A rector is, in an ecclesiastical sense, a cleric who functions as an administrative leader in some Christian denominations. In contrast, a vicar is also a cleric but functions as an assistant and representative of an administrative leader. The term comes from the Latin for the helmsman of a ship.

Hemingbrough village in United Kingdom

Hemingbrough is a small village and civil parish in the Selby district of North Yorkshire, England that is located approximately 5 miles (8 km) from Selby and 4 miles (6.4 km) from Howden on the A63. The village has a 12th-century former collegiate church, a Methodist chapel and shops. The village also has a primary school and nursery as well as a playing field for the local children. The surrounding area makes up part of the Humberhead Levels and is flat land mainly used for mixed agriculture. It is thought that from this village came Walter of Hemingbrough, one of Britain's early chroniclers. Writing in the 14th century, he gave us a history beginning with the Norman conquest, now in the British Museum.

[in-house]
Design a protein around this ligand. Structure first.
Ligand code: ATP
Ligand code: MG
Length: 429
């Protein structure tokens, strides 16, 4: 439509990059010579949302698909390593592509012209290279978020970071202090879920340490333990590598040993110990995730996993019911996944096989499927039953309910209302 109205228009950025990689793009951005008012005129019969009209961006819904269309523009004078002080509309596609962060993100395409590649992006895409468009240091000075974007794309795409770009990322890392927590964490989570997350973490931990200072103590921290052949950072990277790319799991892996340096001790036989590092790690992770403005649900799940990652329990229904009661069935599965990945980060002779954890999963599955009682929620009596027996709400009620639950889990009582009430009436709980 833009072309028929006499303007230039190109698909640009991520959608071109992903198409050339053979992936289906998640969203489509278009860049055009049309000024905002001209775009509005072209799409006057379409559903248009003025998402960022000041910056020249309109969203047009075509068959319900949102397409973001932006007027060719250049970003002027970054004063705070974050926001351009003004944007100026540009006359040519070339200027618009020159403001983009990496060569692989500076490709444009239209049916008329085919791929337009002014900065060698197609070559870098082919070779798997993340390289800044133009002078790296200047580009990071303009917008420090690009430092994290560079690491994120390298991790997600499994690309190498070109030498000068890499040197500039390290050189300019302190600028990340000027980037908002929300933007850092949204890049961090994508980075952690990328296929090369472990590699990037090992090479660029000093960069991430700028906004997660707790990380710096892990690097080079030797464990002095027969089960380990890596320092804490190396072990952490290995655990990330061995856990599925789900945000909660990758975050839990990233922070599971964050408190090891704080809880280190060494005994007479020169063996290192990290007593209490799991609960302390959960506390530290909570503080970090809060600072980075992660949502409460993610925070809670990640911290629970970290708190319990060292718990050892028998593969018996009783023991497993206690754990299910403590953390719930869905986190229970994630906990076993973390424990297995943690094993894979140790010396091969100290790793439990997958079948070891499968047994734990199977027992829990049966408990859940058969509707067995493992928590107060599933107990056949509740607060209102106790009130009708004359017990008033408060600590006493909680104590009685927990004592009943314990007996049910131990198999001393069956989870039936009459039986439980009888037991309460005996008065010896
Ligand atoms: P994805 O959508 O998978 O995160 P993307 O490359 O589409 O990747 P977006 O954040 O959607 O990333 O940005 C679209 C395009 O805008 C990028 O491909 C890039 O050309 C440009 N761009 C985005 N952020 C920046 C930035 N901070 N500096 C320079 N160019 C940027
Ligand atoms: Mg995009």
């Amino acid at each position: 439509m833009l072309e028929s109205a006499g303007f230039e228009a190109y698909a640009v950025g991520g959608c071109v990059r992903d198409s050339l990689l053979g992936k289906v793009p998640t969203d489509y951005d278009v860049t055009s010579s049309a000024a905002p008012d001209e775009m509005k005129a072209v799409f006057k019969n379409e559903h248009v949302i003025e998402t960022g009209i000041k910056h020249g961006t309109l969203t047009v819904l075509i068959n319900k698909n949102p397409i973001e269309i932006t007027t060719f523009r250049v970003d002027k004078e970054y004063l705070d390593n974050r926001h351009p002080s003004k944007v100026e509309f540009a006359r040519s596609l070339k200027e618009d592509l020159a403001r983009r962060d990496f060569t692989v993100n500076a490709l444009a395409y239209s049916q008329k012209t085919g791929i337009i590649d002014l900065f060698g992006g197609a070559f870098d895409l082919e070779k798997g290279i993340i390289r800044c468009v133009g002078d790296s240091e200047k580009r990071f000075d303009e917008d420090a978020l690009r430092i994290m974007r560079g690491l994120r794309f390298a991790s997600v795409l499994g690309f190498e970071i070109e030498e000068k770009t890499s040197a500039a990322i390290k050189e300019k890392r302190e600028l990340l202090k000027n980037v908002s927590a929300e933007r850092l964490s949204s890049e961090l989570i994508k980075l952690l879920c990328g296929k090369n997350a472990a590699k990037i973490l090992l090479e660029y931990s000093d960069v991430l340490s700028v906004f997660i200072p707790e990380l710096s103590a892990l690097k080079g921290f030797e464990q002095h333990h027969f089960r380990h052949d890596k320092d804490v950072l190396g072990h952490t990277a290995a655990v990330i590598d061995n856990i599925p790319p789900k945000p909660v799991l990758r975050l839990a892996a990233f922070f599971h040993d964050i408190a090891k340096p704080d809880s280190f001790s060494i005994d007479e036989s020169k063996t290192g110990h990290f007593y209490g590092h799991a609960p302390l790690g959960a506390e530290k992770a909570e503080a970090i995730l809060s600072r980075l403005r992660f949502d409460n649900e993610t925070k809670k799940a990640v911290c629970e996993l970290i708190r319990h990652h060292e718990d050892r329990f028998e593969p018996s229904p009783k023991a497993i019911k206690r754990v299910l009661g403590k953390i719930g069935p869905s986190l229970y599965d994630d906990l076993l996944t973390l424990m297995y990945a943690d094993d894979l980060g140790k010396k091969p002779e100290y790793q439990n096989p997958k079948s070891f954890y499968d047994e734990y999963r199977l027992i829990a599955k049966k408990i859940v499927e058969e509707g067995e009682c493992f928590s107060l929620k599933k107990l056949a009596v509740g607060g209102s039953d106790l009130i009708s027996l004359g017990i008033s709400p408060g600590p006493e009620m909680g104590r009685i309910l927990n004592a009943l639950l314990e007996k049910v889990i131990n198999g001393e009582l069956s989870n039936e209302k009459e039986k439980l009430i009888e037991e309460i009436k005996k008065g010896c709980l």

John Wessington was an English Benedictine who became prior of Durham Abbey.

Death

Rickingale died about 6 July 1429 [6] and is buried in the north aisle of Chichester Cathedral. He left instructions that a marble effigy of himself should be left as a monument over his tomb. [1] The following verses are engraved on his tomb:

Chichester Cathedral Church in West Sussex, United Kingdom

Chichester Cathedral, formally known as the Cathedral Church of the Holy Trinity, is the seat of the Anglican Bishop of Chichester. It is located in Chichester, in Sussex, United Kingdom. It was founded as a cathedral in 1075, when the seat of the bishop was moved from Selsey.